Monday, October 1, 2012

Jennifer Anne Knetig completes dissertation in the School of Psychology

Mentalization, Social Competence and the use of Social Support in a Military Population: the Impact on Post-Traumatic Stress, Jennifer Anne Knetig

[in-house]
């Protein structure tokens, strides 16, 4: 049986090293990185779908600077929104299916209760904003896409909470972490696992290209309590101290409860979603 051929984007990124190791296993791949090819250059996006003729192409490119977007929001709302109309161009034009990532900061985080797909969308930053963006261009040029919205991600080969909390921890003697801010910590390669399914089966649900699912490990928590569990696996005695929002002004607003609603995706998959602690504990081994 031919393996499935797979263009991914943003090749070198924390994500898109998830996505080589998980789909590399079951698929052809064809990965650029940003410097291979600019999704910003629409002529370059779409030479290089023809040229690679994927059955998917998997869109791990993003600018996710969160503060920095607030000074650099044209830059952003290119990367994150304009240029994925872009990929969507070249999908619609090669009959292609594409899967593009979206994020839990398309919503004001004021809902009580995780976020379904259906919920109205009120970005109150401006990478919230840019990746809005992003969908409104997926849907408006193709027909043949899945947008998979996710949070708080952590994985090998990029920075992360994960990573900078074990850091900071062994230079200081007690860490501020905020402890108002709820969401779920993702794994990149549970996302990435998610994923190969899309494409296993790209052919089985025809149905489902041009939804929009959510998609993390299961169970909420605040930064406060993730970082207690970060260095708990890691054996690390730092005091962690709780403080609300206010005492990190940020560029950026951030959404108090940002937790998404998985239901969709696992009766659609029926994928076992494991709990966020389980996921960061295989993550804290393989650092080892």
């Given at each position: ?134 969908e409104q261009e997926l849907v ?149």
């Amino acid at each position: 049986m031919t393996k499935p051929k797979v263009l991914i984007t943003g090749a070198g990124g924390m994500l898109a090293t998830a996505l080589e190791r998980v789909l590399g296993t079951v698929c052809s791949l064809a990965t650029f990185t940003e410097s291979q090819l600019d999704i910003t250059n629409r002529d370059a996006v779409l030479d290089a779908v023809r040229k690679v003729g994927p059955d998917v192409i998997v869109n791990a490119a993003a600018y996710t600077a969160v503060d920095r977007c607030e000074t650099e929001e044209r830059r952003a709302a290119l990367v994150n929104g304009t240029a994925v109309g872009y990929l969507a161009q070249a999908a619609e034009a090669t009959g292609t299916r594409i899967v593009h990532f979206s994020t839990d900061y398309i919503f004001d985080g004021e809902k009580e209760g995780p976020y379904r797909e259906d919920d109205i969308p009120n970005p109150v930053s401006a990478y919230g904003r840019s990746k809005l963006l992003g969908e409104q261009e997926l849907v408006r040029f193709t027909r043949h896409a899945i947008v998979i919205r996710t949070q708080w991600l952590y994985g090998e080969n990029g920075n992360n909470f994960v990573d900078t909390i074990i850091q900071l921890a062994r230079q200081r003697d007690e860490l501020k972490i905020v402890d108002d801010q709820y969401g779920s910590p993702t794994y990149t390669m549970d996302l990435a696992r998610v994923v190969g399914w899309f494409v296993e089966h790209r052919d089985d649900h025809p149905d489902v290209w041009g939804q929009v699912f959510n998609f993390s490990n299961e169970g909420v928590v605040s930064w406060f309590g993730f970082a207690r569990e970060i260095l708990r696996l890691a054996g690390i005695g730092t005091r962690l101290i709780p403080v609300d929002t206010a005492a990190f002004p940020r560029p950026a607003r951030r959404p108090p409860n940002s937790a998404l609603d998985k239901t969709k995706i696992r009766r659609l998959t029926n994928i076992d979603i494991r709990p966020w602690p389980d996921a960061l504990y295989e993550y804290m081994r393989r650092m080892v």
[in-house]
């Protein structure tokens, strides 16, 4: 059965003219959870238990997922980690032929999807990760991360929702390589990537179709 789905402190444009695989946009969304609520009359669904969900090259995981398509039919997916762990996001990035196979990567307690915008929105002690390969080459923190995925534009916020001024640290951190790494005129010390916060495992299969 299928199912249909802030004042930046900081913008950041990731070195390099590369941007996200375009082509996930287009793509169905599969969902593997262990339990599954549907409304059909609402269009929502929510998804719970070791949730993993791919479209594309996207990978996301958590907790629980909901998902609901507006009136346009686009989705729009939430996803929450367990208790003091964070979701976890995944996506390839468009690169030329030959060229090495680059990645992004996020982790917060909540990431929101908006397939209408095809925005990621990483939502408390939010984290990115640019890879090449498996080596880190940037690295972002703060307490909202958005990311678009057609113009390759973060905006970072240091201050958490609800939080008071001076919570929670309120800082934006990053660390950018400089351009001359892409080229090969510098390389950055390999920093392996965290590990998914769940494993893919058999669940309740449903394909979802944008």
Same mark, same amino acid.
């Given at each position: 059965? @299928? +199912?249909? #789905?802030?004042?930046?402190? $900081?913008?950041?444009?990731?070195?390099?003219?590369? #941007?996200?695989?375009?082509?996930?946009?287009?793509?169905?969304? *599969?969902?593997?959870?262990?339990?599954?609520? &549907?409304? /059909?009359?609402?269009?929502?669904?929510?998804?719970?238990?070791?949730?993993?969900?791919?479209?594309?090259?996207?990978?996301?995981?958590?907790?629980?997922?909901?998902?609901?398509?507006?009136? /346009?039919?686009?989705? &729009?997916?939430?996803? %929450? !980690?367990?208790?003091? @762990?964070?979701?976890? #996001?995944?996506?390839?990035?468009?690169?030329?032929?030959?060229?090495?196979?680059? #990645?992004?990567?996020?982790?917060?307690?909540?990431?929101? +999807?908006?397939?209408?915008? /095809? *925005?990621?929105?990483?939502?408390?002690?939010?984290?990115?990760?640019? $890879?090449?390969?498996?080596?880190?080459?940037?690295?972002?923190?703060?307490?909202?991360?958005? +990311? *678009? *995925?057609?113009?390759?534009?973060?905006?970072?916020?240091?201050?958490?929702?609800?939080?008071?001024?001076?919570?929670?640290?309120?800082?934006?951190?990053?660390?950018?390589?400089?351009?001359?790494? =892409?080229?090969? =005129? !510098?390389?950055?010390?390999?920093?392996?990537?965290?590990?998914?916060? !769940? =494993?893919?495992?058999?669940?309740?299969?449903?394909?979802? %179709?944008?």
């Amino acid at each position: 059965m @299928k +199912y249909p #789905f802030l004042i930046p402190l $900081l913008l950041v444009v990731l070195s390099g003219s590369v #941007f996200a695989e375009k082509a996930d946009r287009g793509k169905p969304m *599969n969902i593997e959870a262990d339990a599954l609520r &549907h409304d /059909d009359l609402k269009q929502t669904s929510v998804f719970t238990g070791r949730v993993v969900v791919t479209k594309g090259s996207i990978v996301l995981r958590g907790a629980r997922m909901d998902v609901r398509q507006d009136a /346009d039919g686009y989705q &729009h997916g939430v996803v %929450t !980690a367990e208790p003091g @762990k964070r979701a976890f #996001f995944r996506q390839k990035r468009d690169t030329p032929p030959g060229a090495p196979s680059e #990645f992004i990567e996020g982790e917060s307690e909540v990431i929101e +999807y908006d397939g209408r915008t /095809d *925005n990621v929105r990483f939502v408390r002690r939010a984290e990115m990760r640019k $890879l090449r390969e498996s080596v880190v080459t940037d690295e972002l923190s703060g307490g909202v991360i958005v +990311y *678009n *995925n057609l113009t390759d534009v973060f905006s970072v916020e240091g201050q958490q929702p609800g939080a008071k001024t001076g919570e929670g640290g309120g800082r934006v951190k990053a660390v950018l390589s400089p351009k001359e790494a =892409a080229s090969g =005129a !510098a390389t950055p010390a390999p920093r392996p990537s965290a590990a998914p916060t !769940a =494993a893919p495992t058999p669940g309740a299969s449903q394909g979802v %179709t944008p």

Literatures exploring trauma and resilience in military populations have identified social support as fundamental to building a resistance against developing stress disorders. The etiology of this relationship remains unclear, however. The current study, grounded in the psychodynamic concept of mentalization, work in the areas of social competence, self- disclosure, and Carstensen’s research on aging further clarifies the relationship between social support and post-traumatic stress disorder. Research indicates considerable conceptual overlap between mentalization and two components of social competence: psychological mindedness and empathy. Psychological mindedness, a major aspect of mentalization, was negatively correlated with self-concealment, positively associated with help-seeking and social support, and was inversely associated with symptoms of PTSD in an active duty military population. A review of Carstensen’s work with emotional experience and aging indicates that emotional regulation and the quality of emotional experience improve with age; therefore, age was statistically controlled in this study. An acquaintance sample of 66 active duty military service members was recruited. Bivariate, canonical correlational analysis and path analysis were conducted to analyze the data

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